Wednesday 16th August 2017,
The Hoop Doctors

Jeff Hornacek is Not Happy with the New York Knicks’ (Lack of) Defense

Jeff Hornacek is Not Happy with the New York Knicks’ (Lack of) Defense

Hornacek
The New York Knicks are not a good defensive team. They rank 25th in points allowed per 100 possessions, and they’ve at times looked much, much worse than that.

Head coach Jeff Hornacek, naturally, isn’t happy about his team’s defensive stands. And he was particularly frustrated after the Knicks relinquished 115 points to the usually anemic Orlando Magic. Per the New York Post‘s Marc Berman:

“I don’t think our guys aren’t trying — maybe they’re not capable,’’ Hornacek said. “I don’t know. That’s what we have to figure out. Maybe play some other guys and mix the lineup somehow.

“We have to find someone to play some defense. You can’t come out at the beginning and their first three baskets are 3s. You have to have better pride than that. … I think they’re trying — they must not be good enough defensively.’’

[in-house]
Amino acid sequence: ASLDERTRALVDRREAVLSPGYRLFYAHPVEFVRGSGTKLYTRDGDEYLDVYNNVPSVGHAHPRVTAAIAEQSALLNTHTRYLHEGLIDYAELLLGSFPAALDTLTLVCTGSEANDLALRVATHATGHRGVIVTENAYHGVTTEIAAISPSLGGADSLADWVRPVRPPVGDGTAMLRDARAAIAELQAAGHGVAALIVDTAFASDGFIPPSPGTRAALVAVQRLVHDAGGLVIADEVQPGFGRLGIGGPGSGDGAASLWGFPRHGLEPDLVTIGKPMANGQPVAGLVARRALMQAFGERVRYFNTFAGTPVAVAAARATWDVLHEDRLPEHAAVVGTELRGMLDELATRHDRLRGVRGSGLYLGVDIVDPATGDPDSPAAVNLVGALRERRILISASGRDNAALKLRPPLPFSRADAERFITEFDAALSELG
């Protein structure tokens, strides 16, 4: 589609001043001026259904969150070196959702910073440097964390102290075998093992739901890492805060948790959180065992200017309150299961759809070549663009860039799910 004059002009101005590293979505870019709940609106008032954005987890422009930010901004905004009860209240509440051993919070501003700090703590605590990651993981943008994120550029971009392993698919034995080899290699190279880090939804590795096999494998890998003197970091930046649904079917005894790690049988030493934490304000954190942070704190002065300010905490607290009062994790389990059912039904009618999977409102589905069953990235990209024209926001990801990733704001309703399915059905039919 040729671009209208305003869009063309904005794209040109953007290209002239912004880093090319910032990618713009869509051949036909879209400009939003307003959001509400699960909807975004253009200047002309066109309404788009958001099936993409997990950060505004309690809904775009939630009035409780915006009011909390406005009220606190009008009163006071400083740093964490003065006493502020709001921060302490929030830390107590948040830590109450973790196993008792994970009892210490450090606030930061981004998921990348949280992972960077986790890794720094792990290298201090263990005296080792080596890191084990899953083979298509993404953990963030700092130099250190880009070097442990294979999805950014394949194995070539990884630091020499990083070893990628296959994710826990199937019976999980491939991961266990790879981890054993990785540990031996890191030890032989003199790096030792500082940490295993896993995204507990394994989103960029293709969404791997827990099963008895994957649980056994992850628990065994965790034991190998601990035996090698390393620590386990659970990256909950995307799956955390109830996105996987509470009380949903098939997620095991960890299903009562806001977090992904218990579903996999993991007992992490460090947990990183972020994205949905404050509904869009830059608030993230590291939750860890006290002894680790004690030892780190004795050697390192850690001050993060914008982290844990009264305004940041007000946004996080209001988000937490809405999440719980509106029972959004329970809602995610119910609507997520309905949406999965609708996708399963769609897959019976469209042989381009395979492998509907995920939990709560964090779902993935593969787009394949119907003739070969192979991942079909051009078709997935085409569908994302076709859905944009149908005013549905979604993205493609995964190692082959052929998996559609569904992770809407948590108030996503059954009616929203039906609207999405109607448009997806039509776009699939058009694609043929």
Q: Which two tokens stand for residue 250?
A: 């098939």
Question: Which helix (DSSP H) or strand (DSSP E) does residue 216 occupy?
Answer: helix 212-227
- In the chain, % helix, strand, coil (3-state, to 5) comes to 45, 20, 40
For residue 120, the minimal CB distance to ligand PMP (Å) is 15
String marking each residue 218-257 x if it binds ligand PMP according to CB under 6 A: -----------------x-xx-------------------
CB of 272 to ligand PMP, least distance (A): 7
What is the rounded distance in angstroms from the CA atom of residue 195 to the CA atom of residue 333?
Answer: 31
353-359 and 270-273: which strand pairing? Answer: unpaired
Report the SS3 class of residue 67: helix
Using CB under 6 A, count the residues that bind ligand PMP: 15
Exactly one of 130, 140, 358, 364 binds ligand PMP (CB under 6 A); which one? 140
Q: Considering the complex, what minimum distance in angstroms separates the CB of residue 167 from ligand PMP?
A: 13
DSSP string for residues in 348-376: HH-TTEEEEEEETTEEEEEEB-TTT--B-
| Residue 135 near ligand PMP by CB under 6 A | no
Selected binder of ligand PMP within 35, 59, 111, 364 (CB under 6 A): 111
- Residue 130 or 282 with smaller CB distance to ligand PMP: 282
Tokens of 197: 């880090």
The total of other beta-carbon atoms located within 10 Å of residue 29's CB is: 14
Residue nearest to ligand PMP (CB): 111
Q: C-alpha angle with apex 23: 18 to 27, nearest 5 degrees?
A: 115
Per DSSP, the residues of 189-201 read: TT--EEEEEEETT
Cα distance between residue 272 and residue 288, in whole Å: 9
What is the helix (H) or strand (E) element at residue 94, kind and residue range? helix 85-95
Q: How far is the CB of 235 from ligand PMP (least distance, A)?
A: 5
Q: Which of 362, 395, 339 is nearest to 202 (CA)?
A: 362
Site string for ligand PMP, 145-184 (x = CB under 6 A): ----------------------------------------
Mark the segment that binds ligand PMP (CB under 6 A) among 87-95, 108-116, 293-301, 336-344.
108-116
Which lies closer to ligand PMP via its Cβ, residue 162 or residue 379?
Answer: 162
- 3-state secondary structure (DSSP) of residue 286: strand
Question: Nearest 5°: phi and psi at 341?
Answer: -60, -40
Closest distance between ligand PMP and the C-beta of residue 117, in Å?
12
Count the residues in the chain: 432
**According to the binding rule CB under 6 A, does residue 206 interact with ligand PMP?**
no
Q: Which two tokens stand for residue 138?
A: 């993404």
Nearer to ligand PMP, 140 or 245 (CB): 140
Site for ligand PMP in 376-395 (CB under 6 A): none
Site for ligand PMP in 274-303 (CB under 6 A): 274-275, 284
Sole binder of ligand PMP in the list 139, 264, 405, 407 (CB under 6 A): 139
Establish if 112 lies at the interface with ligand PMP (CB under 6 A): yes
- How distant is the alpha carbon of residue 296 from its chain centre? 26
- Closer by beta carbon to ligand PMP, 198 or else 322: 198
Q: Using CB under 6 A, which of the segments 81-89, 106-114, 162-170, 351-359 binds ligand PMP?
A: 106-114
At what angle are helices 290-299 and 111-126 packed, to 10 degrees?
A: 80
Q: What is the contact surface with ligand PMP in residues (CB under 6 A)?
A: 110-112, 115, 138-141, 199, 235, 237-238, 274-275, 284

Hornacek suggested the coaching staff may need to come up with new, tricky schemes to compensate.

“We might figure out ways to trap,’’ Hornacek said. “Coaches are going to have to meet and try to figure it out, defensively, what is going to help us out.’’

Unfortunately for the Knicks, Hornacek probably as a point.

This squad is unlikely to get any better on the less glamorous end. Many of their most important players are career defensive minuses and sieves—including Carmelo Anthony, Derrick Rose and Brandon Jennings. At this point in his career, Joakim Noah is solely valuable as the guy who camps out under the rim and contests shots; he should not be defending in space or on switches. And Kristaps Porzingis is still learning how to exist while defending outside the paint as well.

Courtney Lee (when healthy), Lance Thomas and Justin Holiday can, on their best nights, be solid perimeter pests. And Kyle O’Quinn is an understated defender, particularly when he plays the 5. But the Knicks don’t employ this vast collection of plus-stoppers, nor are they dealing with a bunch of young guys who might improve.

Failing some unforeseen trade at the deadline—an unlikely scenario given their dearth of movable assets—hovering around the bottom five of defensive efficiency looks like an inescapable status quo.

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